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Tuesday, May 13, 2014


The Sky This Week - Thursday May 15 to Thursday May 22

The Last Quarter Moon is Wednesday May 21. Jupiter is low in the early evening sky. Mars and Saturn are prominent in the evening sky. Mercury returns to the evening sky. Venus is prominent in the morning sky. The asteroids Vesta and Ceres are visible in binoculars.

The Last Quarter Moon is Wednesday May 21. The Moon is at perigee (closest to Earth) on the 18th.

Evening sky on Sunday May 18 looking north-west as seen from Adelaide at 18:00 pm ACST in South Australia. Jupiter is above the north-western horizon, Mercury is just clearing the horizon. The inset shows Jupiter's Moons at this time. Similar views will be seen elsewhere at the equivalent local time (click to embiggen).

Mercury returns to the evening sky low in the western twilight.  By the end of the week is is reasonably high in the twilight.

Jupiter is low to the horizon when twilight ends. Jupiter sets around 20:45, so there is a very short time for good telescopic observation now.

In the early evening it is above the north-western horizon between the bright stars Castor and Pollux, the twins of Gemini, and the bright red star Betelgeuse. Jupiter is quite easy to see as the brightest object in the entire sky in the early evening. In the early evening the sight of bright Jupiter sinking to the west, and bright Mars (still not as bright as Jupiter though) rising in the east is quite beautiful.
Jupiter's Moons are readily visible in binoculars.

Jupiter comes very close to the moderately bright star Wasat by the 22nd. 

Mars  is easily seen in the northern evening sky. It is highest in the sky around 21:00. Mars was at opposition, when it is biggest and brightest, on the 9th of April, and is still  readily distinguishable as the bright red/orange object above the northern evening horizon. Mars is in the constellation of Virgo near the brightish star Porrima, not far from the bright star Spica. Mars is well worthwhile looking at in a telescope now, although you will need a decent one to see any detail.

Saturn is rising higher in the evening sky, and was at opposition on the 11th. Saturn is now visible all night long. Saturn is high enough from around 10 pm for decent telescopic observation (see below).  Saturn is in Libra near the head of the constellation of the Scorpion. Saturn forms a triangle with the two brightest stars of Libra, its apex pointing towards the head of the Scorpion.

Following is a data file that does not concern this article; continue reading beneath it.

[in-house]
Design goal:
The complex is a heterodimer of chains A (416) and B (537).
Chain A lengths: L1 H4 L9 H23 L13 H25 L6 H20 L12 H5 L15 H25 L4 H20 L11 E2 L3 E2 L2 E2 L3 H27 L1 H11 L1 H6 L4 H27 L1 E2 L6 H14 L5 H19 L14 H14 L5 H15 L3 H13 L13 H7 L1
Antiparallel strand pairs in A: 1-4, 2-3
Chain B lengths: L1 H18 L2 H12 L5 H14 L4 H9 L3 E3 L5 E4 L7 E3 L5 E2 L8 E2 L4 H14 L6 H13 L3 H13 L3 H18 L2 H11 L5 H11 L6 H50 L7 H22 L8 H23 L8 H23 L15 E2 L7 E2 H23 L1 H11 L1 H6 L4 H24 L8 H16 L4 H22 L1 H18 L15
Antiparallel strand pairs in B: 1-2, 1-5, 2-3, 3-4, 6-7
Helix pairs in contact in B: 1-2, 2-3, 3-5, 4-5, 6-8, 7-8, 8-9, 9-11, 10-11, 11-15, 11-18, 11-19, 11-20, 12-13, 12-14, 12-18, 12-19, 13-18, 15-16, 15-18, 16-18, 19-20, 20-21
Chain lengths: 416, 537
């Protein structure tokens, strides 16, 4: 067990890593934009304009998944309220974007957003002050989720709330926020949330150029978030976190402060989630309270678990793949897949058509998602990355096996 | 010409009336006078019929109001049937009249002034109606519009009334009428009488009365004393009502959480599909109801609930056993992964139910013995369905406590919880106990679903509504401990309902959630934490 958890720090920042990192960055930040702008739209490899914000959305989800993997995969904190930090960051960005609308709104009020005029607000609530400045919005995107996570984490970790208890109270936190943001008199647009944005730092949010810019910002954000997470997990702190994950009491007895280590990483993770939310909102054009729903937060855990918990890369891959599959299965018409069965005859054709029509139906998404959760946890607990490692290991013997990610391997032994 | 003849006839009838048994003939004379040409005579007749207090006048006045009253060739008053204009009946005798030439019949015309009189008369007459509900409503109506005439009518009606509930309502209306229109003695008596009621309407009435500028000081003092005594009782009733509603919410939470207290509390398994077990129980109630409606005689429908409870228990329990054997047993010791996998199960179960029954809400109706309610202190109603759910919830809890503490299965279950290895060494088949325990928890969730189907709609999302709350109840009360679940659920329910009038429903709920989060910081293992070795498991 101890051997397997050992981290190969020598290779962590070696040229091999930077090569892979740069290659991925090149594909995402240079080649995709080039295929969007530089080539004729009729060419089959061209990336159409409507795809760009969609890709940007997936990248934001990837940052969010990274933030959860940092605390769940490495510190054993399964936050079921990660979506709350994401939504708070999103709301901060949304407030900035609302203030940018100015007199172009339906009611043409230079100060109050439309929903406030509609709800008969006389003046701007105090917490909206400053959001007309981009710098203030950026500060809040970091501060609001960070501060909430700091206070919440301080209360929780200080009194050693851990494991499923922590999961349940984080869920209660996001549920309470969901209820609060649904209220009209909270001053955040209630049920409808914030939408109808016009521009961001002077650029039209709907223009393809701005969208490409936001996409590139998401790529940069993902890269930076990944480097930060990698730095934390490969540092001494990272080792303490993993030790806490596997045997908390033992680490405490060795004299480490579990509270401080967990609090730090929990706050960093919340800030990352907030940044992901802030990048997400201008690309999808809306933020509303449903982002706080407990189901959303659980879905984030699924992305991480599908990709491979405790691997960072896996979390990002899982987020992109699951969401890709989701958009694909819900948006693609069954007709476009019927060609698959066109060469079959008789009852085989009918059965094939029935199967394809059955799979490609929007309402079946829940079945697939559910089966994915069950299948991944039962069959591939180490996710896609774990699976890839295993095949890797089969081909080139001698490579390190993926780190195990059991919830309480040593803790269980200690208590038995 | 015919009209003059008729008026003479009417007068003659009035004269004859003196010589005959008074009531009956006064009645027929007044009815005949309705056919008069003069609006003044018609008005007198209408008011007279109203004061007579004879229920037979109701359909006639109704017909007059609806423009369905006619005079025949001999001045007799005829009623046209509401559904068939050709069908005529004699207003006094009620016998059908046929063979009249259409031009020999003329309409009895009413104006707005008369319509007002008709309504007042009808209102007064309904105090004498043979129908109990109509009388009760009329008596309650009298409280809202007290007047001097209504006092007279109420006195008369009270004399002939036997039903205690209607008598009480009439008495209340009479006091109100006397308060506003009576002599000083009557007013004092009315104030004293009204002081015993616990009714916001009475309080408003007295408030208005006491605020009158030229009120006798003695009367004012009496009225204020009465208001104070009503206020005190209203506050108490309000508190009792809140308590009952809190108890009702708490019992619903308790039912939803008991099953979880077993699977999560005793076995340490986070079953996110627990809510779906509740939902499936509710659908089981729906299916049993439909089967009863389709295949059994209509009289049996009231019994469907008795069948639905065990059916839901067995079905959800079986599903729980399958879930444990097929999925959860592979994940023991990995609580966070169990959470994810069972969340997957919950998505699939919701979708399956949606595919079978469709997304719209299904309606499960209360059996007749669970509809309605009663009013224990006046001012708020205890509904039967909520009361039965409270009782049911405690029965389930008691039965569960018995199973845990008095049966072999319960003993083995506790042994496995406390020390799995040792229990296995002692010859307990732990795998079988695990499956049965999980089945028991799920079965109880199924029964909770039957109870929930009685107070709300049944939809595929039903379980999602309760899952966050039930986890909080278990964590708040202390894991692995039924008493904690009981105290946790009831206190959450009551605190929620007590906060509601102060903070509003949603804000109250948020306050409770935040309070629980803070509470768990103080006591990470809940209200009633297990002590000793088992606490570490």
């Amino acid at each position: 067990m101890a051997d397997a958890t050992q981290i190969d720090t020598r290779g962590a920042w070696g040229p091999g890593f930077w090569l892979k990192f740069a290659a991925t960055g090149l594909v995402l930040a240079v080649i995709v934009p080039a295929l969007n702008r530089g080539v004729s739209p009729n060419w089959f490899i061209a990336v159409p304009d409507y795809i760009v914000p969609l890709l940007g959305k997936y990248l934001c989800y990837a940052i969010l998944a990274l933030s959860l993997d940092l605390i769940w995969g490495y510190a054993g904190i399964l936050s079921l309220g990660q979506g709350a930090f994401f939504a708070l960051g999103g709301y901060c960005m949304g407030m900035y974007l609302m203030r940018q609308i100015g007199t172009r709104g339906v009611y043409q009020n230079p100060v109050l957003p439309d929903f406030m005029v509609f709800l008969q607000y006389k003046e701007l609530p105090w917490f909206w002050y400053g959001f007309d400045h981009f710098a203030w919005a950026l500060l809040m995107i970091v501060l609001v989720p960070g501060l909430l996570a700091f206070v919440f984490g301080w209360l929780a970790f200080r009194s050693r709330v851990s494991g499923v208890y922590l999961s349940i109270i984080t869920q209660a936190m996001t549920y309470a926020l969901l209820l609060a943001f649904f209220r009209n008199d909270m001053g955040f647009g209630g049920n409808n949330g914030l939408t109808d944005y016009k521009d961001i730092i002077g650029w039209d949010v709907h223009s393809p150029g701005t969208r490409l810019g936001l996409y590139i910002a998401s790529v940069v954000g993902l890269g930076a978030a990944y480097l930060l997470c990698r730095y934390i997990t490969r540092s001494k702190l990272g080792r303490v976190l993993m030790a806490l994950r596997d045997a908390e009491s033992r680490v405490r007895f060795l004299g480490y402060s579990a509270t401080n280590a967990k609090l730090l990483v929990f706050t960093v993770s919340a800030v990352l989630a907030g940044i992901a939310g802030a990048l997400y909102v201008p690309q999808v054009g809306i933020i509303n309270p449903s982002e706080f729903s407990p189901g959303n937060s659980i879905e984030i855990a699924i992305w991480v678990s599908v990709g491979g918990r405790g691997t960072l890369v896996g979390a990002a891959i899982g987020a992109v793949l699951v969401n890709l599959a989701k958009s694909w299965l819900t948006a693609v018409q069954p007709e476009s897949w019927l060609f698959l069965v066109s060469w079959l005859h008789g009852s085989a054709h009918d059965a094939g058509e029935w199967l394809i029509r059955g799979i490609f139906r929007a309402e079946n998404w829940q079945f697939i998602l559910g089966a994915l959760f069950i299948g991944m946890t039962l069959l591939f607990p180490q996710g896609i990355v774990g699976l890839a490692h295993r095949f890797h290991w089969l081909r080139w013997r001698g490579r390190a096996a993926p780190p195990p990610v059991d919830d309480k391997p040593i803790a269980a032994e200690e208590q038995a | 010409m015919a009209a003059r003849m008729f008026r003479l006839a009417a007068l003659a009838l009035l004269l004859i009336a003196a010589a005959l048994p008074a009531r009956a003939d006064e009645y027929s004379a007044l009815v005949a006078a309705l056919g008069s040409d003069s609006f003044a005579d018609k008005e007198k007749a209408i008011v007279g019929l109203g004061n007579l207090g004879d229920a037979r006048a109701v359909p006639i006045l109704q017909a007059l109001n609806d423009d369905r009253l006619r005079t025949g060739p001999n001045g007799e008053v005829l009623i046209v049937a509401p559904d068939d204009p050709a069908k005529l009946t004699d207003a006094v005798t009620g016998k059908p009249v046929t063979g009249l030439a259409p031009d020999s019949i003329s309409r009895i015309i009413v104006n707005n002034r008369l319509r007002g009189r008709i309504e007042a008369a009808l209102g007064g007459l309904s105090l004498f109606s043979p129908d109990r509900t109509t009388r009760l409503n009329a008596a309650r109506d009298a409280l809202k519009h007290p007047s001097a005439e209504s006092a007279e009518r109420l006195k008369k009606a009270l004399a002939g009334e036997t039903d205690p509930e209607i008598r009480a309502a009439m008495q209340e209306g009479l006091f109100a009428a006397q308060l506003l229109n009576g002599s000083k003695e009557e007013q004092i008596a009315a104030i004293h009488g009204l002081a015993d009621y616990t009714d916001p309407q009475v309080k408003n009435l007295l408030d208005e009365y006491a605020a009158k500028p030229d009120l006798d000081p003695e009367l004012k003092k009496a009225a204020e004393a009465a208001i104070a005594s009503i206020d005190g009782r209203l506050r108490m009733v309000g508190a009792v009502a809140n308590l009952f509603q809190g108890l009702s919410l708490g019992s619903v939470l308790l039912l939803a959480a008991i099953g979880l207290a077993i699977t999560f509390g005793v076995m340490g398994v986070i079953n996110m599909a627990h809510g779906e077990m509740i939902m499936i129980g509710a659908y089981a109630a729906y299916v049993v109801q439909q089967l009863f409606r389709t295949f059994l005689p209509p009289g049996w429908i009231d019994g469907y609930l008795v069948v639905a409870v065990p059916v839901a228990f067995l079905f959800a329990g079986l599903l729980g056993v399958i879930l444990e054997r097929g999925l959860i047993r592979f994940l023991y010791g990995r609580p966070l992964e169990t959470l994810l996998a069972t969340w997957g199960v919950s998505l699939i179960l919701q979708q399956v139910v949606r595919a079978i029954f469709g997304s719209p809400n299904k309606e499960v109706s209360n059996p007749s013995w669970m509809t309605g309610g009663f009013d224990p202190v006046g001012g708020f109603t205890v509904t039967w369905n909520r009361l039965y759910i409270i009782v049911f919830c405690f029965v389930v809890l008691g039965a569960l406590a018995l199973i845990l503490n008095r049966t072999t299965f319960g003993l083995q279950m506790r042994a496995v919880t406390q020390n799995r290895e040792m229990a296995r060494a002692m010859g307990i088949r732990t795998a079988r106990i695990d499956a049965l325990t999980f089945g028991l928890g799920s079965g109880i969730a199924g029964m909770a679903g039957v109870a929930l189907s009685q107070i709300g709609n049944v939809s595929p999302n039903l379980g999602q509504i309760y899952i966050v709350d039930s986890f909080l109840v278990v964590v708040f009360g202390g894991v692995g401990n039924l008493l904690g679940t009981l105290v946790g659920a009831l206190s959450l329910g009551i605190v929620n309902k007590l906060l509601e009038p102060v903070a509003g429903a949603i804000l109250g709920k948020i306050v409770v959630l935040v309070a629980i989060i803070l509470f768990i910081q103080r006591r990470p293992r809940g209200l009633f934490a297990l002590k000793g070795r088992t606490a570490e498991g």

Morning sky on Saturday May 18 looking east as seen from Adelaide at 5:00 am ACST.   Similar views will be seen throughout Australia at equivalent local times. (click to embiggen).

Venus is in the morning sky, above the eastern horizon.  The brightest object in the morning sky, it is now easy to see and although it is past maximum brightness, it will dominate the morning sky for some time to come.

 Venus was at its furthest distance from the Sun on the 23rd of March, and now will begin to slowly sink towards the horizon. Venus is a clear  gibbous Moon shape.

Evening sky on Saturday May 18 looking north as seen from Adelaide at 22:00 pm ACST in South Australia. The inset show the telescopic views of Saturn and Mars at this time.

The asteroids Vesta and Ceres are just below Mars, and  visible in binoculars. Similar views will be seen elsewhere at the equivalent local time (click to embiggen).

Two bright asteroids are visible in binoculars in the evening sky. 1 Ceres and 4 Vesta. Unfortunately the waning  Moon means that these asteroids will be difficult to see this week. While Vesta is easily seen in binoculars, you will need to watch the same patch of sky in binoculars for a couple of nights to identify it by its movement. Ceres is now fading from magnitude 7, but is still in the range of 10x50 binoculars. See here for a printable black and white map suitable for seeing seeing Vesta and Ceres.

There are lots of interesting things in the sky to view with a telescope. Especially with Mars and Venus and Saturn so prominent in the sky.  If you don't have a telescope, now is a good time to visit one of your local astronomical societies open nights or the local planetariums.

Printable PDF maps of the Eastern sky at 10 pm AEDST, Western sky at 10 pm AEST. For further details and more information on what's up in the sky, see Southern Skywatch.

Cloud cover predictions can be found at SkippySky.


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